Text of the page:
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Match Play Gimmies
 
Hi Frank:
 
I have always wondered why in match play, some putts, some outside the gimmie range, are conceded?
 
Thanks,
 
'Werner

 
Werner,
 
Match-play strategy and tactics are quite different from a regular stroke play round. The psychology involved is fascinating and I really liked your question because many golfers (unless they have played a lot of competitive matchplay) are unaware of some of the subtleties of this format.
 
In some cases (depending on the match and the personalities of the players involved), giving a putt from just outside gimmie length can be a sporting gesture of goodwill and this gesture may be returned later in the round.
 
However, there can also be some gamesmanship involved. If you give all the 4-5 footers at the beginning of the match and then when it really counts, dont give a 3-footer, your competitor may choke and miss it, wondering why it wasnt given. This adds extra pressure over the short putts.
 
You should never expect to be given any putt in match play. Go into a match expecting to hole everything out and if your opponent does give you any putts, think of these as a bonus.
 
This week we are introducing our new video putting tips on the Web site, so be sure to visit if you want to improve your putting and have more fun and confidence on the green. Click here to request your own complimentary putting guide.
 
Hope this helps
Frank
 

Graphite and Tennis Elbow
 
Dear Frank,
 
I just had surgery to repair a tennis elbow injury to my left elbow. I have been playing with sensicore stiff shafts for about 10 years. Now it has been suggested by my playing buddies that graphite shafts would be easier on my elbows and even my shoulders. Is this possible if the golf ball is struck with the same speed with shaft stiffness being about equal?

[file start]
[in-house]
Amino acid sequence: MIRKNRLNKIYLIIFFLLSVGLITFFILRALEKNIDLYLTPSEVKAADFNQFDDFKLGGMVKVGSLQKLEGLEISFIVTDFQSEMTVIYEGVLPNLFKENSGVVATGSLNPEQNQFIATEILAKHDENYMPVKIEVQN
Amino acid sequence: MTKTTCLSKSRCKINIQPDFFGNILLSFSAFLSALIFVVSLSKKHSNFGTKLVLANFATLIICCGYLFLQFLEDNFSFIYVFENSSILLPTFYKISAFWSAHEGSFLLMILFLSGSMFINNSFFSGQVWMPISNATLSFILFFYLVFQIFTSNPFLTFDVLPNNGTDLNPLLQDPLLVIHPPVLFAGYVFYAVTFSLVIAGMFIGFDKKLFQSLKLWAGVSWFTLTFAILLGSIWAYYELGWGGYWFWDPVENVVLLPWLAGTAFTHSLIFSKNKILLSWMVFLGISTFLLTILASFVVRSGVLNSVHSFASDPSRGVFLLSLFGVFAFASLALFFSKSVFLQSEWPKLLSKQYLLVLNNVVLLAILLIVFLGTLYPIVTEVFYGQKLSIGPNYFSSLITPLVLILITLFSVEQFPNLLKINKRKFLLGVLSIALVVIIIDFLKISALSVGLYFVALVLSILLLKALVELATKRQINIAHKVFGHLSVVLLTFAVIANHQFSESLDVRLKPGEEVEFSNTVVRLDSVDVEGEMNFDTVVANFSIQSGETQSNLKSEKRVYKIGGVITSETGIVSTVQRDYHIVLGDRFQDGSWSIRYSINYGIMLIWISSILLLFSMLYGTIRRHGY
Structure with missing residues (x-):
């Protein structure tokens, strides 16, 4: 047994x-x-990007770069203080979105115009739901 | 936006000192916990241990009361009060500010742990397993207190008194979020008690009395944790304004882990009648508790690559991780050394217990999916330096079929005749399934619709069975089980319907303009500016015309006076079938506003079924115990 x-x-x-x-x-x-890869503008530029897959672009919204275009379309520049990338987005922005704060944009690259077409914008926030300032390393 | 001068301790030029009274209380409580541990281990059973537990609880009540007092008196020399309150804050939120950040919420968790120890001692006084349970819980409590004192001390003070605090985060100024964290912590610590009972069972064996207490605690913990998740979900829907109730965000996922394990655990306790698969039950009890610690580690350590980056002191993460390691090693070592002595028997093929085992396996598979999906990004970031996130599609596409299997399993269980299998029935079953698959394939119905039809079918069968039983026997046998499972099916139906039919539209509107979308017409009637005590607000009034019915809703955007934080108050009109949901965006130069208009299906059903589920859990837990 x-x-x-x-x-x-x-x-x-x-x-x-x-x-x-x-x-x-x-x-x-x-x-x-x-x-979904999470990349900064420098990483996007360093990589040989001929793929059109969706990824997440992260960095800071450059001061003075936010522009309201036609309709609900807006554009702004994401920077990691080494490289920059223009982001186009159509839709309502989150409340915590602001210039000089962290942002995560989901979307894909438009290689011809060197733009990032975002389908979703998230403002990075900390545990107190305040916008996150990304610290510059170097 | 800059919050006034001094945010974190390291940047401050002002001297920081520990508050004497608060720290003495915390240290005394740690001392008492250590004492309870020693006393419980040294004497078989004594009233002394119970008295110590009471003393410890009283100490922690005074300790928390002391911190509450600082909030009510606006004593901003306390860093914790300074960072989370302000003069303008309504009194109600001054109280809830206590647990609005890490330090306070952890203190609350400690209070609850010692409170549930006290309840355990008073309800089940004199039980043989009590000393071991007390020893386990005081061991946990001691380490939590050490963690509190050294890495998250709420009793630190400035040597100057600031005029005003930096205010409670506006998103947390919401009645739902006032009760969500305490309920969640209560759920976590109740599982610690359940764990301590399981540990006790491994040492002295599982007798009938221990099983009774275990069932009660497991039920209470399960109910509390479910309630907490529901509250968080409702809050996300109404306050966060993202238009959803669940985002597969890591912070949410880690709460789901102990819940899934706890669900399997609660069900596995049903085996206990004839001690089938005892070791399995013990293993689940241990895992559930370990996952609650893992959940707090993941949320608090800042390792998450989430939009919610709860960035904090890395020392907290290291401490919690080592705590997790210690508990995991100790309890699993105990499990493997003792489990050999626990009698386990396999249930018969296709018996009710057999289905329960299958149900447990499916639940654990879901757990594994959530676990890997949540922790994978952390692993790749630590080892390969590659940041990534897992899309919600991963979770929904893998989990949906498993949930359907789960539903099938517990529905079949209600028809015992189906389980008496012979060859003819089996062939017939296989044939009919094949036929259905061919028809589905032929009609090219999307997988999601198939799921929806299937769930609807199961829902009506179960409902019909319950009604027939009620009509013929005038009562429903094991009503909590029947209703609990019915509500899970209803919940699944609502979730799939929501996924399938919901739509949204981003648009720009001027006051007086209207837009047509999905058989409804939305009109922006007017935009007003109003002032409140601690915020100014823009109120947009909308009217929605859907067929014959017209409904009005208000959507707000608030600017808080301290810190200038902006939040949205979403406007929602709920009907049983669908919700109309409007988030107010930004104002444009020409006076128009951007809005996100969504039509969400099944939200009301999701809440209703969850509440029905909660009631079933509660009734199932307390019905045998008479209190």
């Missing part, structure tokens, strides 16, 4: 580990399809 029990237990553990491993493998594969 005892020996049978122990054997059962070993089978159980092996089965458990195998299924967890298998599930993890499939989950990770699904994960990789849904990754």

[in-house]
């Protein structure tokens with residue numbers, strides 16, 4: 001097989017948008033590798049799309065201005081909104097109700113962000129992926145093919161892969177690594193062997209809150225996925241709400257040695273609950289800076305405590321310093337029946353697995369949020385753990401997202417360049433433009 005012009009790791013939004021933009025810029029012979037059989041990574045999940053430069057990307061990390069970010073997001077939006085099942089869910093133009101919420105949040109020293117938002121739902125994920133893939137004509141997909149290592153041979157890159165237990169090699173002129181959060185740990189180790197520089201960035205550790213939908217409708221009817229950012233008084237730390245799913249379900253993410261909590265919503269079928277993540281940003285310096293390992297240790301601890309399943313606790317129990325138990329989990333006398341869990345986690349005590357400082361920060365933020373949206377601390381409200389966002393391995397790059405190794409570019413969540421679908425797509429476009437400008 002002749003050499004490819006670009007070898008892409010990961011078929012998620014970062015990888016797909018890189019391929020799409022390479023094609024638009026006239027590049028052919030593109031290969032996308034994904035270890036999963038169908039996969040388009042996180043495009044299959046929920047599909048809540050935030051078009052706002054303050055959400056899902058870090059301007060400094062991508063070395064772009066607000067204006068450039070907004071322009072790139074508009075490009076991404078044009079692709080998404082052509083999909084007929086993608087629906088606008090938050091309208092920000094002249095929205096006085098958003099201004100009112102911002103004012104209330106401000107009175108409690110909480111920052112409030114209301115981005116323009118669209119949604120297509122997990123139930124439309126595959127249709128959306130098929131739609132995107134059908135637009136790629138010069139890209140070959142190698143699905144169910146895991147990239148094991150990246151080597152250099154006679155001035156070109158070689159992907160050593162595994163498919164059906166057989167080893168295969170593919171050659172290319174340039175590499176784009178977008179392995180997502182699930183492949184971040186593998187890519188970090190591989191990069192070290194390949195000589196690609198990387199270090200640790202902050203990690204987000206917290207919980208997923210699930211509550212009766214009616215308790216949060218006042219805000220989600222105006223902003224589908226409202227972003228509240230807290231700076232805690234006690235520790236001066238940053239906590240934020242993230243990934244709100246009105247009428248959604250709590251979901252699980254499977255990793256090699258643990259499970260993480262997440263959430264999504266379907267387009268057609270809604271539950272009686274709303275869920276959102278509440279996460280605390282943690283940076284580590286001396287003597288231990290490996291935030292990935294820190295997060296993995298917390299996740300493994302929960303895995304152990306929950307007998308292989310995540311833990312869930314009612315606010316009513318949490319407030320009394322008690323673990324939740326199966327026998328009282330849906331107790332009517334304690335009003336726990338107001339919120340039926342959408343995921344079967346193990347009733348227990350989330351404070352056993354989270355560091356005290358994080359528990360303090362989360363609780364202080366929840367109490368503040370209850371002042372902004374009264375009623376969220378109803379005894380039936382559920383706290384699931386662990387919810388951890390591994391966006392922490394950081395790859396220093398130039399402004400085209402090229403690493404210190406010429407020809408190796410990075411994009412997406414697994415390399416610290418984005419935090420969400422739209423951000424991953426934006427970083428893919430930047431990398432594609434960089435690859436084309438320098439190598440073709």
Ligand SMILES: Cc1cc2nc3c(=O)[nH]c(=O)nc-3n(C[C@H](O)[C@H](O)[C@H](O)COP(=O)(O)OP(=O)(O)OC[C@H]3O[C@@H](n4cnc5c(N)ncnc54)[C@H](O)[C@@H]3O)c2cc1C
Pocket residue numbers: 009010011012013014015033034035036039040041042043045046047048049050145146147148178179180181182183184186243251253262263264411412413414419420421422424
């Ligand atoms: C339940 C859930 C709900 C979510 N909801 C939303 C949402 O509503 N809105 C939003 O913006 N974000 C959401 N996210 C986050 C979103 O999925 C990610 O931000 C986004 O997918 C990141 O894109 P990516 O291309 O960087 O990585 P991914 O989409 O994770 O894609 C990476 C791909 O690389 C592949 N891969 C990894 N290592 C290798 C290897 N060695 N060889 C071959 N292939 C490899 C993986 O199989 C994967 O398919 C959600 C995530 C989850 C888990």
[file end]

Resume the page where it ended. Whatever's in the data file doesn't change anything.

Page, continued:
Thanks,
Ted

 
Ted,
I have seen no sound evidence to show that the use of graphite shafts will prevent tennis elbow. I am led to believe that the vibrations which cause damage to the joints are the low frequency vibrations which are not damped out by many devices, either in the shaft, on the head or by changing to graphite shafts.
 
The matrix holding the graphite fibers in place around the shaft is epoxy and this has a low modulus which will dampen some high frequencies ' when compared to steel shafts ' as will most soft grips and the meat on your hands. These high frequency vibrations are the ones you generally feel in your hands and fingers.
 
The miss-hits, which cause twisting of the club head, are absorbed more by a shaft with less torsional stiffness and for this reason the graphite shafts, which generally have less torsional stiffness than steel, may help.
 
Or just try to prevent the miss-hits and make contact with the sweet spot every time.

Graphite shafts will allow you to swing easier and this easy swing will have more of an effect on avoiding tennis elbow than the shaft material or its properties. One of the problems with switching to graphite is that we swing just as hard as we did before we made the switch.
 
Go for the graphite but dont expect it is going to be the cure for your problem.
 
Hope this helps.
Frank
 

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Frank Thomas, inventor of the graphite shaft, is founder of Frankly Golf, a company dedicated to helping golfers. Frank is chief technical advisor to Golf Channel and Golf Digest. He served as technical director of the USGA for 26 years and directed the development of the GHIN system and introduced the Stimpmeter to the world of golf. To email a question for possible use in an upcoming Let's Be Frank column, please email letsbefrank@franklygolf.com
 
Frank Thomas